Wednesday, 9 June 2010

Hybrid report delivered to EC

A report compiling the conclusions from the successful SusChem/ DPI Hybrid Materials workshop held in March was officially handed over to the European Commission on Wednesday 9 June.

Present at the meeting in the Commission's Champs de Mars offices in Brussels were (from left to right in the picture below) John van Haare from the Dutch Polymer Institute (DPI), Renzo Tomellini, Head of Unit for 'Nanosciences and Nanotechnologies' at DG Research European Commission, Ger Spork Innovation Manager at Cefic/ Suschem, Helge Wessel of DG Research, and Jacques Joosten from DPI.



Common trends
The report highlights the conclusions from the intensive workshop sessions in Luxembourg that covered future materials needs in five key sectors: automotive; solar energy; solid state lighting; civil engineering; and aviation and aerospace.

The workshop aimed to identify technical hurdles and potential technology bottlenecks; capture new ideas; define potential R&D projects; and prioritise those projects.

A number of common technology trends or requirements were identified across the five sectors including better energy management (in terms of consumption, conservation and generation), improved and cost effective hybrid materials and better prediction tools.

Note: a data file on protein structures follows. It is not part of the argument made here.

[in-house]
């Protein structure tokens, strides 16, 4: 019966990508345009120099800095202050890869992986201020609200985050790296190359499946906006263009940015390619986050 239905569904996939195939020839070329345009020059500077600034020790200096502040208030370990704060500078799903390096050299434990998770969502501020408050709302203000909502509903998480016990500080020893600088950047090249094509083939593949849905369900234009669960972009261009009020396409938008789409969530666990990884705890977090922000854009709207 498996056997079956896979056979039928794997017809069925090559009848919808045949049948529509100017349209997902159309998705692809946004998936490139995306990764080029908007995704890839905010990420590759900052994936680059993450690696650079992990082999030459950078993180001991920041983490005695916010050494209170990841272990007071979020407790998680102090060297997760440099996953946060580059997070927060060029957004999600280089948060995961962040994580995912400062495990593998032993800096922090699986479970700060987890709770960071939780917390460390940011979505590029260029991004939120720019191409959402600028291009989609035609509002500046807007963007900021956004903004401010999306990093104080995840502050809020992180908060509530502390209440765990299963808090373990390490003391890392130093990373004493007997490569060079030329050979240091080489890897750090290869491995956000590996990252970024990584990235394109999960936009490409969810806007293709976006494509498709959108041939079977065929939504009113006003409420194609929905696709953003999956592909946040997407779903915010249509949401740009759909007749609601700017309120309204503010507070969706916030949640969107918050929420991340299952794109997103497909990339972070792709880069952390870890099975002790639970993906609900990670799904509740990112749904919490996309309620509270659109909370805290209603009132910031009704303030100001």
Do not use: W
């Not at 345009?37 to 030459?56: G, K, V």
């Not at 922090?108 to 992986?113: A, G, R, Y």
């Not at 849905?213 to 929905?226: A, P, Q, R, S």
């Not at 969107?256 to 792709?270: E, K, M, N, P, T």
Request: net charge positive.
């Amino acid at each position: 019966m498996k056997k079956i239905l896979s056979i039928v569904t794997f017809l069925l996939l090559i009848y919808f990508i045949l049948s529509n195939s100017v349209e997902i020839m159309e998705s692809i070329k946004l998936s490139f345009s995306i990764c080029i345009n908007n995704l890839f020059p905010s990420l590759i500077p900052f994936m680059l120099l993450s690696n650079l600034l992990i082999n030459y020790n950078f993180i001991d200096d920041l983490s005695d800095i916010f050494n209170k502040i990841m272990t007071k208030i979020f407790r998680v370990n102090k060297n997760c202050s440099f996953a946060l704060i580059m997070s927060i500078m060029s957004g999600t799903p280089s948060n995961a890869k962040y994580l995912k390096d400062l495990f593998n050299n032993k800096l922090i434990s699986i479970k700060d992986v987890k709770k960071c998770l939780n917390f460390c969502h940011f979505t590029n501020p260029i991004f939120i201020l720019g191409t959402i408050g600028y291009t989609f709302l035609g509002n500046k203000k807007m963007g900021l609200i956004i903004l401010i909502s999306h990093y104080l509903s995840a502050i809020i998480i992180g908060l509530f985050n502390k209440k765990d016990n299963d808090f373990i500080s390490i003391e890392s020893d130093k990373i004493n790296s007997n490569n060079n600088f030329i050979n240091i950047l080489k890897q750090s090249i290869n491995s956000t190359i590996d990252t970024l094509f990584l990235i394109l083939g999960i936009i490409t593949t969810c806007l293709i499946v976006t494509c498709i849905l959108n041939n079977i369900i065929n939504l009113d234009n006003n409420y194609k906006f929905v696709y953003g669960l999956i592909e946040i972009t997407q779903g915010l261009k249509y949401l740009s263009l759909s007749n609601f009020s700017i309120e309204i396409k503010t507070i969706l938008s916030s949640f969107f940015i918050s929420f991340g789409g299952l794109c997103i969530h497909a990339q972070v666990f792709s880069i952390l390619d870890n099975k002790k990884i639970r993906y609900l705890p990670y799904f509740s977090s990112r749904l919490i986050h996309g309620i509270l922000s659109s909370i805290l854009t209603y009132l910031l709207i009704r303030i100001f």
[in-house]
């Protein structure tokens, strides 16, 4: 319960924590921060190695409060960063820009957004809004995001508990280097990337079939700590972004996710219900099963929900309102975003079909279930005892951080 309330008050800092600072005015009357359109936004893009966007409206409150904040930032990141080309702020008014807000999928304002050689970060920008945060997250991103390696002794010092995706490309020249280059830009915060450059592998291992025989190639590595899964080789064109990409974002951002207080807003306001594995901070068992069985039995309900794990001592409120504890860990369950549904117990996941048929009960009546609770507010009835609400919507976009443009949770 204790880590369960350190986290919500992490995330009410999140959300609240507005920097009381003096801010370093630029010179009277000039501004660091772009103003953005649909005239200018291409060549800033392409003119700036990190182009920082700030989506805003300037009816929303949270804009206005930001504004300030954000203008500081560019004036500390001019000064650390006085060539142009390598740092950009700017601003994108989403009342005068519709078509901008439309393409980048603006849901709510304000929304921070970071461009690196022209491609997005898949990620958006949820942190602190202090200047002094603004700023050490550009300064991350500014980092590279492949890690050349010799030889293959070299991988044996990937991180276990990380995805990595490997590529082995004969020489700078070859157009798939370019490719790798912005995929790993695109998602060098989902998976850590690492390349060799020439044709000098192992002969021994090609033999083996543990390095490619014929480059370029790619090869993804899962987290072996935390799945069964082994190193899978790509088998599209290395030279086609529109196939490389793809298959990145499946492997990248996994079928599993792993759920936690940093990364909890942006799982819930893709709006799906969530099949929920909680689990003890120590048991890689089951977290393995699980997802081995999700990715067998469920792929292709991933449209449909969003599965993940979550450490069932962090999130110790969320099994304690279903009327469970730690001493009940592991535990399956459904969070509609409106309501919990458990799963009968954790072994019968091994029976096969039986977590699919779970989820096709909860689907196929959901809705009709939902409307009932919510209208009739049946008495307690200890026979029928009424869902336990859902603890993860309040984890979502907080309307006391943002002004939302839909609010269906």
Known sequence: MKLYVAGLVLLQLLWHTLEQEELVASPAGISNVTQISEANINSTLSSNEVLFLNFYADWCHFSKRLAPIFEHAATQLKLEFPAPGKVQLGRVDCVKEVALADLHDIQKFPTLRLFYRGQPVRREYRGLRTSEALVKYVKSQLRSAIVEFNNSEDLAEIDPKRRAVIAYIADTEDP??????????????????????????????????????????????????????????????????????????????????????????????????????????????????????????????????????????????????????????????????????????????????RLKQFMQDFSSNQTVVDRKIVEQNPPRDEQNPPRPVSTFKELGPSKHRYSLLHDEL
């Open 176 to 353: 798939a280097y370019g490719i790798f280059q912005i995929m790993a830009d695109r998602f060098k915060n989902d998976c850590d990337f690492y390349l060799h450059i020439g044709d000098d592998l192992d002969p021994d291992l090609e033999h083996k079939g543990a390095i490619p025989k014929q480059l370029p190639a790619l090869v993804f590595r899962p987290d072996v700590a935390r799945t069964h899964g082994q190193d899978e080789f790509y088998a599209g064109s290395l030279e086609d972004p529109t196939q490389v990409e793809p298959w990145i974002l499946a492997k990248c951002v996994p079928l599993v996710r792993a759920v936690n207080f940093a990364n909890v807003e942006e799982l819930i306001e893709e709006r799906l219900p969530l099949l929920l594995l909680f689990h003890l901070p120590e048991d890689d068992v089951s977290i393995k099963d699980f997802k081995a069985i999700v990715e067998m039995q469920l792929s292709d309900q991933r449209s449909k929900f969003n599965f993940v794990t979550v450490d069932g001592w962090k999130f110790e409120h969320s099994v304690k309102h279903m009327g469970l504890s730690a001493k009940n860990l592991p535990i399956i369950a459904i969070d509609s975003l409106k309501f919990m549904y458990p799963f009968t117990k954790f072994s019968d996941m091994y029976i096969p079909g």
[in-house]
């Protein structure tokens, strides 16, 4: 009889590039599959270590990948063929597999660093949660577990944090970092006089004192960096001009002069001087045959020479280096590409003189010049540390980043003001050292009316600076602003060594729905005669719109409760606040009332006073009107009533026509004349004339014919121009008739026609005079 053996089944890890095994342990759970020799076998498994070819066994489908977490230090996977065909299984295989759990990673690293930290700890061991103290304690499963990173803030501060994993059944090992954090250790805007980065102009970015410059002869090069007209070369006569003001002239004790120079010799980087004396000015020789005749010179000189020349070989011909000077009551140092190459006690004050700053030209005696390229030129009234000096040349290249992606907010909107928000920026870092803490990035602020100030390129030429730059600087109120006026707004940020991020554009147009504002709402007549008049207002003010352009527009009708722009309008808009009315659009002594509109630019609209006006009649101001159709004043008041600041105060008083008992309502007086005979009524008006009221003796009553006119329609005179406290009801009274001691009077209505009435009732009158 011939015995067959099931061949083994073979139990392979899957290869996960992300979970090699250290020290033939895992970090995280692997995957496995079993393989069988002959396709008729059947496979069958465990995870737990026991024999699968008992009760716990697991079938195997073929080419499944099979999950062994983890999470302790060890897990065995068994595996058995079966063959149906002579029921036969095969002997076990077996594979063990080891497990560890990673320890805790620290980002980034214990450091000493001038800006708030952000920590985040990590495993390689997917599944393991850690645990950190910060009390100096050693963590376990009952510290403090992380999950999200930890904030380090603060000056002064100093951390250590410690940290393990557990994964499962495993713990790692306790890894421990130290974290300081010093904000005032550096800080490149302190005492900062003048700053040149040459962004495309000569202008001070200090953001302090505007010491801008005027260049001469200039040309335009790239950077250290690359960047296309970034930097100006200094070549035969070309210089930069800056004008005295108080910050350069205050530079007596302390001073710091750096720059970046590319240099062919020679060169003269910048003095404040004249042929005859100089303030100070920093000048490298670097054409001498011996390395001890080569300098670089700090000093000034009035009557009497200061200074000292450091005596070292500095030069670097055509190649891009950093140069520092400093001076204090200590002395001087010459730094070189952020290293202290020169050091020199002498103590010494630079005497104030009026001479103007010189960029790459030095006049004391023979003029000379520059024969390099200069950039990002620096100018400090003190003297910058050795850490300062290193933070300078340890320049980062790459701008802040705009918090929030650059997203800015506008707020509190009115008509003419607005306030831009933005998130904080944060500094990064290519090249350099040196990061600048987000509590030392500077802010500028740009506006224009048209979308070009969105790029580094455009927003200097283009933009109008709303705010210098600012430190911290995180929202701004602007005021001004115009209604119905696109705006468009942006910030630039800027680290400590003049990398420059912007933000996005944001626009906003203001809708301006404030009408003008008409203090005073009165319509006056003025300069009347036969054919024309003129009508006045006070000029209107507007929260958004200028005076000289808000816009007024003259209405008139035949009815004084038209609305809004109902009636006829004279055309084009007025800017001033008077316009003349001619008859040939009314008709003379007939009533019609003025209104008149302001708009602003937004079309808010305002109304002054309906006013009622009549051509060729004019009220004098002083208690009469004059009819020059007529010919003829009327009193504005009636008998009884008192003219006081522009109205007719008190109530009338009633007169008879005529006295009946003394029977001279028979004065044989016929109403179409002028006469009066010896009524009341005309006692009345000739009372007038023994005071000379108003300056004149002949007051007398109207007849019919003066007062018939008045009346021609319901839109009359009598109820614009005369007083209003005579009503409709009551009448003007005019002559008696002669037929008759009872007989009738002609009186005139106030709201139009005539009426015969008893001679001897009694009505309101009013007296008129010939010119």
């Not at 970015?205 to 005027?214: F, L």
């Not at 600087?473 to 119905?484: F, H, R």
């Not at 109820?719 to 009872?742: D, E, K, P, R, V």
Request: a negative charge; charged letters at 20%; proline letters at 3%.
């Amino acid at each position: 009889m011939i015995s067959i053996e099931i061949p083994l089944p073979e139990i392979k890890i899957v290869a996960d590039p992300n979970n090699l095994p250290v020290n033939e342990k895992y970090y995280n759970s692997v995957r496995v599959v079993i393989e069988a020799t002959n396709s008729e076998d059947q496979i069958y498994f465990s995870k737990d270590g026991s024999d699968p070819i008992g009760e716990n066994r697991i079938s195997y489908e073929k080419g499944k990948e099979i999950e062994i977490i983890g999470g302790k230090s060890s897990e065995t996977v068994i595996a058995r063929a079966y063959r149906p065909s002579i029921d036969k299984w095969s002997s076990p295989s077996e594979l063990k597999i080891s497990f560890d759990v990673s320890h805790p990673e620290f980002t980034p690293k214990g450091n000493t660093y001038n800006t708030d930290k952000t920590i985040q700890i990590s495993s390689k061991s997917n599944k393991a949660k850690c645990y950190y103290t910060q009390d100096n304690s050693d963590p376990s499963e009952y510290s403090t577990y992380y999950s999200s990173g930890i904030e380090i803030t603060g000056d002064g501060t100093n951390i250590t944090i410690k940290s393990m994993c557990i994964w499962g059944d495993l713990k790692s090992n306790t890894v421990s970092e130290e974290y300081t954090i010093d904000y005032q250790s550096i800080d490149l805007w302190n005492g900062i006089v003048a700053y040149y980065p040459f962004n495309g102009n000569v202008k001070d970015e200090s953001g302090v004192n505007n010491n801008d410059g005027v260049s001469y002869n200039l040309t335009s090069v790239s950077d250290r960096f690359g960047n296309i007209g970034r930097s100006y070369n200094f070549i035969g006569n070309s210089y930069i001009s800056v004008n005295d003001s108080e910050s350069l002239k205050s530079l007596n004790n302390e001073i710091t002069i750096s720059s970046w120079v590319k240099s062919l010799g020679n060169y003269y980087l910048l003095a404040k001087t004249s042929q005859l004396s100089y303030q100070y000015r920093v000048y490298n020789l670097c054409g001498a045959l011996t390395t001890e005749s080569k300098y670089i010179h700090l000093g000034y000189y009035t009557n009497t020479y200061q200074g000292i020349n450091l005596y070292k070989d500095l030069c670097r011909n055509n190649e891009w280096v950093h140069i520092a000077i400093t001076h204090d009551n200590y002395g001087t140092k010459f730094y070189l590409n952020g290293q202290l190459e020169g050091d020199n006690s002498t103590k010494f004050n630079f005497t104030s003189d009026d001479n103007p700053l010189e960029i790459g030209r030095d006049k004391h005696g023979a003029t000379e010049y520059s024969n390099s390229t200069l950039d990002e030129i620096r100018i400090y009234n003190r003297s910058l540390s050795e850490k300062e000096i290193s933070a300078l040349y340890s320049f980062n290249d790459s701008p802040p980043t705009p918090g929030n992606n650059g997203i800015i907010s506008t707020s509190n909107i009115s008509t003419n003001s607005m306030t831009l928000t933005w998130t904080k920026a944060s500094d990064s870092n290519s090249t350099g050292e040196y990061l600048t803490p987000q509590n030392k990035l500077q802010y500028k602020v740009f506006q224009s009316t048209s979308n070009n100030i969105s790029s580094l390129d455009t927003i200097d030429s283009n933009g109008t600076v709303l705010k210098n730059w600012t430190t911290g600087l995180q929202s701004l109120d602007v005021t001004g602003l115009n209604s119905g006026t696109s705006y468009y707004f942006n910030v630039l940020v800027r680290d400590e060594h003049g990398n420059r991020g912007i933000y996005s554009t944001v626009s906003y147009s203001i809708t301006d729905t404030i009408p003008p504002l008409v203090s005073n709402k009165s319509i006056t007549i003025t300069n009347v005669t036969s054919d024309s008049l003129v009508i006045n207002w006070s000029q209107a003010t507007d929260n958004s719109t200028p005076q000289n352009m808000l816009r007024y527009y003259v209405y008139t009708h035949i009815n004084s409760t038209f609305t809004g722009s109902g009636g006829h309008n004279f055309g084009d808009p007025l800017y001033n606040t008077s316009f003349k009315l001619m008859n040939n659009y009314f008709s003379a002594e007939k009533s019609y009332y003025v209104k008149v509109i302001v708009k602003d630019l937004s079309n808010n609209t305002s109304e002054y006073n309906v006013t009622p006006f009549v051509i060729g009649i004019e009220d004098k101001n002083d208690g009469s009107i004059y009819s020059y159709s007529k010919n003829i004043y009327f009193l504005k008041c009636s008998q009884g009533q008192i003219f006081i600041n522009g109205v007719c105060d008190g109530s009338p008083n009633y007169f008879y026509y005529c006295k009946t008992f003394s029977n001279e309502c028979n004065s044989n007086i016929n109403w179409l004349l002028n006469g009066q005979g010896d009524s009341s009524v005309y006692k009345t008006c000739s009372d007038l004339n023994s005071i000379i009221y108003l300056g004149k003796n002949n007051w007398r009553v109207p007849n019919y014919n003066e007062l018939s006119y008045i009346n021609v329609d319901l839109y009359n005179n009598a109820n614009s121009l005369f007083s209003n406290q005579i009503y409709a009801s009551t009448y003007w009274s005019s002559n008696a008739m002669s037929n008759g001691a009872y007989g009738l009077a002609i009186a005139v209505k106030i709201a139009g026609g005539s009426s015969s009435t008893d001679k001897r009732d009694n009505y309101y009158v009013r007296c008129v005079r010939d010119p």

Material needs
The report lists some desirable characteristics and functionality that new hybrid materials should possess. These include light weight but with sufficient mechanical properties, smart capabilities such as sensing, self-monitoring, self-cleaning, self-healing etc, resistance to corrosion, wear, UV and moisture, the capability to generate or store energy, halogen-free flame retardancy, be easier to recycle as useful devices, be low-cost and/ or produced from renewable resources.

New multi scale modeling tools are needed to help predict material properties, optimise structural design and the lifetime of different devices amongst other tasks. High throughput screening tests are also needed for assessing different materials and their properties, and validation tools are needed to shorten the time needed to evaluate new hybrid materials to replace existing components.

In terms of manufacturing and recycle processes the workshop is looking to standardised evaluation processes to make, assemble and disassemble hybrid materials and to help in scale-up of materials to industrial quantities. Improved life cycle analysis and recyclability is required, as is lower manufacturing and recycle process costs.

Finally fundamental studies are needed to investigate the influence of molecular structure on material properties, compatibility between different hybrid materials, and interface properties between hybrid materials.

The full report is available to download from the SusChem website. For further information, please contact the suschem secretariat.

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